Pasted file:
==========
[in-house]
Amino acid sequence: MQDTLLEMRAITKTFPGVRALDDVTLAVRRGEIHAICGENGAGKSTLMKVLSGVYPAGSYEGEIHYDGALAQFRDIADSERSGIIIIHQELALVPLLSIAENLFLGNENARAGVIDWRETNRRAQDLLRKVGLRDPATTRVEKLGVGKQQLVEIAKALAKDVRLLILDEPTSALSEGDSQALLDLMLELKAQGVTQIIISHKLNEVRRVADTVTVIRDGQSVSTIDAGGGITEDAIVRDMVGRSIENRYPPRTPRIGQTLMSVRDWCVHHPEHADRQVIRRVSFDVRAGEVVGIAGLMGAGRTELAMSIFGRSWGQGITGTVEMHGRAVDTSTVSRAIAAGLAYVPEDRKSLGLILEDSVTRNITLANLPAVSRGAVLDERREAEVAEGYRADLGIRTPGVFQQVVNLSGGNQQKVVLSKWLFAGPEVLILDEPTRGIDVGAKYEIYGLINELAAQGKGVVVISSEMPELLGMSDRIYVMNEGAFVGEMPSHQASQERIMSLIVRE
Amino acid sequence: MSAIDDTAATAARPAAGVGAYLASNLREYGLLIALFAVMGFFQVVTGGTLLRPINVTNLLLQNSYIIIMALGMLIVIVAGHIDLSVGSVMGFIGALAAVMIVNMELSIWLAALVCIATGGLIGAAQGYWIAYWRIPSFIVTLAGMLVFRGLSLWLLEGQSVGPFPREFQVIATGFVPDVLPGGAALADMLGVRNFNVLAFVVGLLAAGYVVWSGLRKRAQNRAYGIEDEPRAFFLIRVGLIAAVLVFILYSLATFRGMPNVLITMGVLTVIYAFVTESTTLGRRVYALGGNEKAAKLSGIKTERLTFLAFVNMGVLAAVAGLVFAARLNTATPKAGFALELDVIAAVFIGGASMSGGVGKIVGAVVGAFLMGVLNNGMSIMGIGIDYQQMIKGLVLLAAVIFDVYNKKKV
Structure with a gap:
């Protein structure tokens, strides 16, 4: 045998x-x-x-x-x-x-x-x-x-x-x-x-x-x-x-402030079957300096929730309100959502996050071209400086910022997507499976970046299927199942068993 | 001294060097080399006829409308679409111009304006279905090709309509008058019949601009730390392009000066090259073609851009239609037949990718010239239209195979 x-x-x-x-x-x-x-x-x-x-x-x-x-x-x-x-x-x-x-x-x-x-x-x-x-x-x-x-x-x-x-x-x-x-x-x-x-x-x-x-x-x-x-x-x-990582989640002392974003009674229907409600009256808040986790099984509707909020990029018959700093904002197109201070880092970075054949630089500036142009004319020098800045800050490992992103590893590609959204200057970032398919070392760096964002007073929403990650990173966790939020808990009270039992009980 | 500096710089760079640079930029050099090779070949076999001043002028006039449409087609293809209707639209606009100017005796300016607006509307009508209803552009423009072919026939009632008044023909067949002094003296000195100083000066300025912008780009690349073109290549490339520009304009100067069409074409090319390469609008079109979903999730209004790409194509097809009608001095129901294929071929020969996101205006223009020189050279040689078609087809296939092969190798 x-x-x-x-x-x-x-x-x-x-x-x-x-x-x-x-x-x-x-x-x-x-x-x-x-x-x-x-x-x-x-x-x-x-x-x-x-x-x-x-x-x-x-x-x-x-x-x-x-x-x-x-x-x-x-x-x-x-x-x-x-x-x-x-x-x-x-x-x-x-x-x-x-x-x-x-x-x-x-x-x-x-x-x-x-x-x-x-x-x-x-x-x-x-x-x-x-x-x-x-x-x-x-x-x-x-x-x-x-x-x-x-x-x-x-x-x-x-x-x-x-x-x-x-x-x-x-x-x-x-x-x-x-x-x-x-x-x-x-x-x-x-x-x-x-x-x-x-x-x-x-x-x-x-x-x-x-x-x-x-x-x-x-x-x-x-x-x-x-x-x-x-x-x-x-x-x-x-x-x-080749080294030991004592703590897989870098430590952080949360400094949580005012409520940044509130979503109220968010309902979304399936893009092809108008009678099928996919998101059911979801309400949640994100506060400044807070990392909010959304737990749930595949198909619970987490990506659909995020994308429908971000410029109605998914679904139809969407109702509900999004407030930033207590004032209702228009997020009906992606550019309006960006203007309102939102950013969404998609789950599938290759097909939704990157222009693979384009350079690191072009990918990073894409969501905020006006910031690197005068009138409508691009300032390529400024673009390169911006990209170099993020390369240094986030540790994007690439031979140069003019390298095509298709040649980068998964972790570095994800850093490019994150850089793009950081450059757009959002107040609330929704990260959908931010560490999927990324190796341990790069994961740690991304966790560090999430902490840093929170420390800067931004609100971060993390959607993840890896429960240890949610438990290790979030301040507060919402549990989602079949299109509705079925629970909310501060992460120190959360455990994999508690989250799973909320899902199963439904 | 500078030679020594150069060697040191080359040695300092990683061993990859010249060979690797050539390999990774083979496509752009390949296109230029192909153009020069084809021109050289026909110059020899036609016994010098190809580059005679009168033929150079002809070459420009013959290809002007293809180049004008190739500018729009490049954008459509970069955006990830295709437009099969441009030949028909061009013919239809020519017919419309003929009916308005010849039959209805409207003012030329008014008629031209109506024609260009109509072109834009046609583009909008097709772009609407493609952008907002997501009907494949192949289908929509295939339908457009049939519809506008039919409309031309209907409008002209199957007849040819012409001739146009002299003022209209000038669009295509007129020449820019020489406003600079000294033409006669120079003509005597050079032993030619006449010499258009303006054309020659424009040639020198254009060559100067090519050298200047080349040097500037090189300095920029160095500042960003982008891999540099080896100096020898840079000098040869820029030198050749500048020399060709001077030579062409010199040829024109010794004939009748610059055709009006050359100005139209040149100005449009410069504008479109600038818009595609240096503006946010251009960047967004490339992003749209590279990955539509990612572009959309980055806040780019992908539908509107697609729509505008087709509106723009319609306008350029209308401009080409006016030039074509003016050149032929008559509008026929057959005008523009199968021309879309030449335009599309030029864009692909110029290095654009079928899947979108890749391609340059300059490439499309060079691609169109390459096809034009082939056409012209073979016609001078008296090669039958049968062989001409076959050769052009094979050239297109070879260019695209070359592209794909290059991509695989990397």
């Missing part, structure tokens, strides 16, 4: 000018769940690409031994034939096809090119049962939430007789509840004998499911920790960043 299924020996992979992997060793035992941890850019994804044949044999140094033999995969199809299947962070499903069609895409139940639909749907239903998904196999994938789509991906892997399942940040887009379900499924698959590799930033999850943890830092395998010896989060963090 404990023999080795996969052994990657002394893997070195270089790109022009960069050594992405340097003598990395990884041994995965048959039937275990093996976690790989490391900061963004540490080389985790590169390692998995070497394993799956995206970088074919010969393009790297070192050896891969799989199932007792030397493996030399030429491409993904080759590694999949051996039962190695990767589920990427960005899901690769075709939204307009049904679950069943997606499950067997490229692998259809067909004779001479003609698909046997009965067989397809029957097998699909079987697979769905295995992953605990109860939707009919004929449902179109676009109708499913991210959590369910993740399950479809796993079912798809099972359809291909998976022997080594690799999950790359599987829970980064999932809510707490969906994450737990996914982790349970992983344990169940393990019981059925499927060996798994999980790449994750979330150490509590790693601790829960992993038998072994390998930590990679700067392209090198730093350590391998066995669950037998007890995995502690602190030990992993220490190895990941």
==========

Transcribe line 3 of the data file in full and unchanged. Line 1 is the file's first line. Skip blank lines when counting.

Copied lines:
Amino acid sequence: MSAIDDTAATAARPAAGVGAYLASNLREYGLLIALFAVMGFFQVVTGGTLLRPINVTNLLLQNSYIIIMALGMLIVIVAGHIDLSVGSVMGFIGALAAVMIVNMELSIWLAALVCIATGGLIGAAQGYWIAYWRIPSFIVTLAGMLVFRGLSLWLLEGQSVGPFPREFQVIATGFVPDVLPGGAALADMLGVRNFNVLAFVVGLLAAGYVVWSGLRKRAQNRAYGIEDEPRAFFLIRVGLIAAVLVFILYSLATFRGMPNVLITMGVLTVIYAFVTESTTLGRRVYALGGNEKAAKLSGIKTERLTFLAFVNMGVLAAVAGLVFAARLNTATPKAGFALELDVIAAVFIGGASMSGGVGKIVGAVVGAFLMGVLNNGMSIMGIGIDYQQMIKGLVLLAAVIFDVYNKKKV